Don’t confuse profit with salary or hourly wages. Making a profit isn’t optional: Your business needs profit to survive.
Michael addresses a few different questions we’ve heard recently, primarily dealing with taxes and profit and calculating your markup.
There is a measure you can use to determine how financially solid your company is at any given point in time. It’s called the current ratio, and it’s a good idea to check it regularly.
When you own a small business you wear a lot of hats. Understanding the numbers might not be your favorite hat, but numbers are important because they show where you stand financially.
The best way to avoid paying taxes is to not make a profit at all, but it’s a rough way to live.
When your books are set up properly, it’s easy to calculate your markup, and it’s also easy to compare your actual results to your estimates.
Taxes are the price you pay for being profitable. It’s a good thing when your business is in the black and you need to pay taxes on it. It’s not good when you’re taken by surprise.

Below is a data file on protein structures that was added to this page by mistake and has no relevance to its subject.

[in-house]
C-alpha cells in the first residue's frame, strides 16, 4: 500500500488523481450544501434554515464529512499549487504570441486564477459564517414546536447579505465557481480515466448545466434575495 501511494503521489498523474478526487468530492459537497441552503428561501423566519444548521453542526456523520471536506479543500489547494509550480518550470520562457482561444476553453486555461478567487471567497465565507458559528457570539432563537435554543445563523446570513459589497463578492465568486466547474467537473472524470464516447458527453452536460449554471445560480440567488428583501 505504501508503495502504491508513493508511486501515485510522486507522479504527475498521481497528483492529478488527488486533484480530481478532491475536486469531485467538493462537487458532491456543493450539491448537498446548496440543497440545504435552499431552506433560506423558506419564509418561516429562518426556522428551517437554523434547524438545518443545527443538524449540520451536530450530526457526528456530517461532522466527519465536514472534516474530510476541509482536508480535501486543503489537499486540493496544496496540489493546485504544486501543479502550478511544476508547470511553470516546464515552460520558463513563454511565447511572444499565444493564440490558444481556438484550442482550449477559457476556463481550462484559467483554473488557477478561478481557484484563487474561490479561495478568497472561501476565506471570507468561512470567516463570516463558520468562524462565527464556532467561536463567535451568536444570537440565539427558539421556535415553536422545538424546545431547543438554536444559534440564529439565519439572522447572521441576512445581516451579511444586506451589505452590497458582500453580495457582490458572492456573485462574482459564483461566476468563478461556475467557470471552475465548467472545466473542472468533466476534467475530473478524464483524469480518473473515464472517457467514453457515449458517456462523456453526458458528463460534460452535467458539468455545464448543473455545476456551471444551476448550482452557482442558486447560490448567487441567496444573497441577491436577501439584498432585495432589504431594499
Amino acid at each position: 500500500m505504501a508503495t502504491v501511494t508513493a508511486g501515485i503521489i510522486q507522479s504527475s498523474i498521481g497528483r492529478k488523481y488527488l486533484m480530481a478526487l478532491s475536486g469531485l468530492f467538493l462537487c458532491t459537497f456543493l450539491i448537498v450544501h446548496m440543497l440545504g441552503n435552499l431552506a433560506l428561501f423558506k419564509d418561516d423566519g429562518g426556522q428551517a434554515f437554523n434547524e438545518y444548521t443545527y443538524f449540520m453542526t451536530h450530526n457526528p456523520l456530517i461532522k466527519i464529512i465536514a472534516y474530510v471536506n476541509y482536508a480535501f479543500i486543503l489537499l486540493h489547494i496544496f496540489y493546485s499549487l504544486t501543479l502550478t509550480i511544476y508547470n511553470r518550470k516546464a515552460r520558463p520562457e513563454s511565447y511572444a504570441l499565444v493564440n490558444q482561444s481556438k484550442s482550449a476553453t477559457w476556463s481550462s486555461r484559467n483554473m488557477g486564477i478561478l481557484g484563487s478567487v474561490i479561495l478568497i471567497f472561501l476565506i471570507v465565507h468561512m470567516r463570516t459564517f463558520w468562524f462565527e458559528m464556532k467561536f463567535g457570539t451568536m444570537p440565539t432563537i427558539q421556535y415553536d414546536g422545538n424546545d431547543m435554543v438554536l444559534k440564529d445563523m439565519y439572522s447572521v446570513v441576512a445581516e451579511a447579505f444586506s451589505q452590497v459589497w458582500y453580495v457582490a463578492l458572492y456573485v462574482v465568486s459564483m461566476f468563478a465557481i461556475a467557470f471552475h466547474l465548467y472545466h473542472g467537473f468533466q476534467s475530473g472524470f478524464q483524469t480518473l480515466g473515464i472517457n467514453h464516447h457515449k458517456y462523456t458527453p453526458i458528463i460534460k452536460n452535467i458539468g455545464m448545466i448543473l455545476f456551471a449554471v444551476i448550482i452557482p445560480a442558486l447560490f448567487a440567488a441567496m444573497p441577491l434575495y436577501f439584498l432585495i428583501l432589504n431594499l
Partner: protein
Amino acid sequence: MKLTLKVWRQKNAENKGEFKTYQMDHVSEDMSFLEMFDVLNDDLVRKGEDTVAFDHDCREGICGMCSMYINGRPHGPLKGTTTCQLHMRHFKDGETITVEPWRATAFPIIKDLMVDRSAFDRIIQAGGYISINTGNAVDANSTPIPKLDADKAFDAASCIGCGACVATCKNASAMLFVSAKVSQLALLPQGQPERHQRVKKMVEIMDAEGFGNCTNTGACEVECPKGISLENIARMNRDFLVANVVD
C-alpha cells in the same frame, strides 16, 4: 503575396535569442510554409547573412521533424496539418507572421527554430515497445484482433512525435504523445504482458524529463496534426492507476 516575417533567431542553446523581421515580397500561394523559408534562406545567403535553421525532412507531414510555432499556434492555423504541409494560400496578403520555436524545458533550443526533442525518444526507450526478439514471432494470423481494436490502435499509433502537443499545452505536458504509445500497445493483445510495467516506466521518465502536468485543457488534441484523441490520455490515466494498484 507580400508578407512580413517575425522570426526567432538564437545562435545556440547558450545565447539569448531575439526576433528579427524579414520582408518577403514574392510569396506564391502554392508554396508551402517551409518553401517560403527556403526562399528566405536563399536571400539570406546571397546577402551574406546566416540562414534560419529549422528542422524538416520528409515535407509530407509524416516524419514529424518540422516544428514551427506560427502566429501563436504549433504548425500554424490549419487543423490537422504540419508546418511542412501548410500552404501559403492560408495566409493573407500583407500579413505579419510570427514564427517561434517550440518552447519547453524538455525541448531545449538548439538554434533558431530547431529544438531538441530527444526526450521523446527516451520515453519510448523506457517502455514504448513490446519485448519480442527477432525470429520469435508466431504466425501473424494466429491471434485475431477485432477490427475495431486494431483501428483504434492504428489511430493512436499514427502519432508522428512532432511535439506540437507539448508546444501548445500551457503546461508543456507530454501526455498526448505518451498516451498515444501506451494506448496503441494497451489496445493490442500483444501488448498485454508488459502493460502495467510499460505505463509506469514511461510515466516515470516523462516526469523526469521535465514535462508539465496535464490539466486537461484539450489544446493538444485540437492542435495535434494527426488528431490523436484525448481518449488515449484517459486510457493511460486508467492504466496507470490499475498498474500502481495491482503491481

We hear many stories from business owners who have had to recover from the theft of funds by their own employees. Today we’re sharing a list of things you can do to protect yourself and your business.
I’ve seen contractors try to apportion overhead on a daily, weekly, monthly or per job basis when compiling their estimates. I don’t recommend any of those approaches.
This week I want to catch up on a few things that have been bothering me.
It’s easy to know if you’ve made a profit when every transaction is complete in a day. It isn’t as easy in construction, where a job might take a week, a month, or even more than a year to complete.
You’re in business to provide a service and make a profit doing it. Having the financial info you need to make decisions is critical for your business success.